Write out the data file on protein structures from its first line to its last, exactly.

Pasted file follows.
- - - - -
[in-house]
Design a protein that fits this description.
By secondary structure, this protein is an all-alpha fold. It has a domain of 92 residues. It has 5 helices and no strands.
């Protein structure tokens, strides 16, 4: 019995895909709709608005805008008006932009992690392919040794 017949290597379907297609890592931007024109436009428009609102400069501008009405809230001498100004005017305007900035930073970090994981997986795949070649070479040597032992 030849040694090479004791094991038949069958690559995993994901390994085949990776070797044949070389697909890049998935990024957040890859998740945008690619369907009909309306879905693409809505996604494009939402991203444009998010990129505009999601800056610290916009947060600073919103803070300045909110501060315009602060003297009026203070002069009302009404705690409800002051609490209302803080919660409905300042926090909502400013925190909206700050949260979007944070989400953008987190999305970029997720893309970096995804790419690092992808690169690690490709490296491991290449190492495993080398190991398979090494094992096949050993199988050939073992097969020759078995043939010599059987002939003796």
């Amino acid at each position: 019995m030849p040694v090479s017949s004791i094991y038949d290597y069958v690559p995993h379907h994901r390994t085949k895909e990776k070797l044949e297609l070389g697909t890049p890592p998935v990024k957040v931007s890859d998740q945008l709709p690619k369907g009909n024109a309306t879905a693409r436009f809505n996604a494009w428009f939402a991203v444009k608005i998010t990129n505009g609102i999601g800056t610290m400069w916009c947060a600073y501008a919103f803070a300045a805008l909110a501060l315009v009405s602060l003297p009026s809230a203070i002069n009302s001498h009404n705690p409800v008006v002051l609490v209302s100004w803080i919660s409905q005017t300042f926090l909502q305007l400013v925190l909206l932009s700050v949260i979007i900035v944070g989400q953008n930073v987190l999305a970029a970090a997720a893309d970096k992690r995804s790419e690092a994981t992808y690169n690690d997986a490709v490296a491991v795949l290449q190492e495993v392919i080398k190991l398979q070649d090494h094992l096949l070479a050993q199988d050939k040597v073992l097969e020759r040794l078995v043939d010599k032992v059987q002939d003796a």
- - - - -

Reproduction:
[in-house]
Design a protein that fits this description.
By secondary structure, this protein is an all-alpha fold. It has a domain of 92 residues. It has 5 helices and no strands.
């Protein structure tokens, strides 16, 4: 019995895909709709608005805008008006932009992690392919040794 017949290597379907297609890592931007024109436009428009609102400069501008009405809230001498100004005017305007900035930073970090994981997986795949070649070479040597032992 030849040694090479004791094991038949069958690559995993994901390994085949990776070797044949070389697909890049998935990024957040890859998740945008690619369907009909309306879905693409809505996604494009939402991203444009998010990129505009999601800056610290916009947060600073919103803070300045909110501060315009602060003297009026203070002069009302009404705690409800002051609490209302803080919660409905300042926090909502400013925190909206700050949260979007944070989400953008987190999305970029997720893309970096995804790419690092992808690169690690490709490296491991290449190492495993080398190991398979090494094992096949050993199988050939073992097969020759078995043939010599059987002939003796």
């Amino acid at each position: 019995m030849p040694v090479s017949s004791i094991y038949d290597y069958v690559p995993h379907h994901r390994t085949k895909e990776k070797l044949e297609l070389g697909t890049p890592p998935v990024k957040v931007s890859d998740q945008l709709p690619k369907g009909n024109a309306t879905a693409r436009f809505n996604a494009w428009f939402a991203v444009k608005i998010t990129n505009g609102i999601g800056t610290m400069w916009c947060a600073y501008a919103f803070a300045a805008l909110a501060l315009v009405s602060l003297p009026s809230a203070i002069n009302s001498h009404n705690p409800v008006v002051l609490v209302s100004w803080i919660s409905q005017t300042f926090l909502q305007l400013v925190l909206l932009s700050v949260i979007i900035v944070g989400q953008n930073v987190l999305a970029a970090a997720a893309d970096k992690r995804s790419e690092a994981t992808y690169n690690d997986a490709v490296a491991v795949l290449q190492e495993v392919i080398k190991l398979q070649d090494h094992l096949l070479a050993q199988d050939k040597v073992l097969e020759r040794l078995v043939d010599k032992v059987q002939d003796a």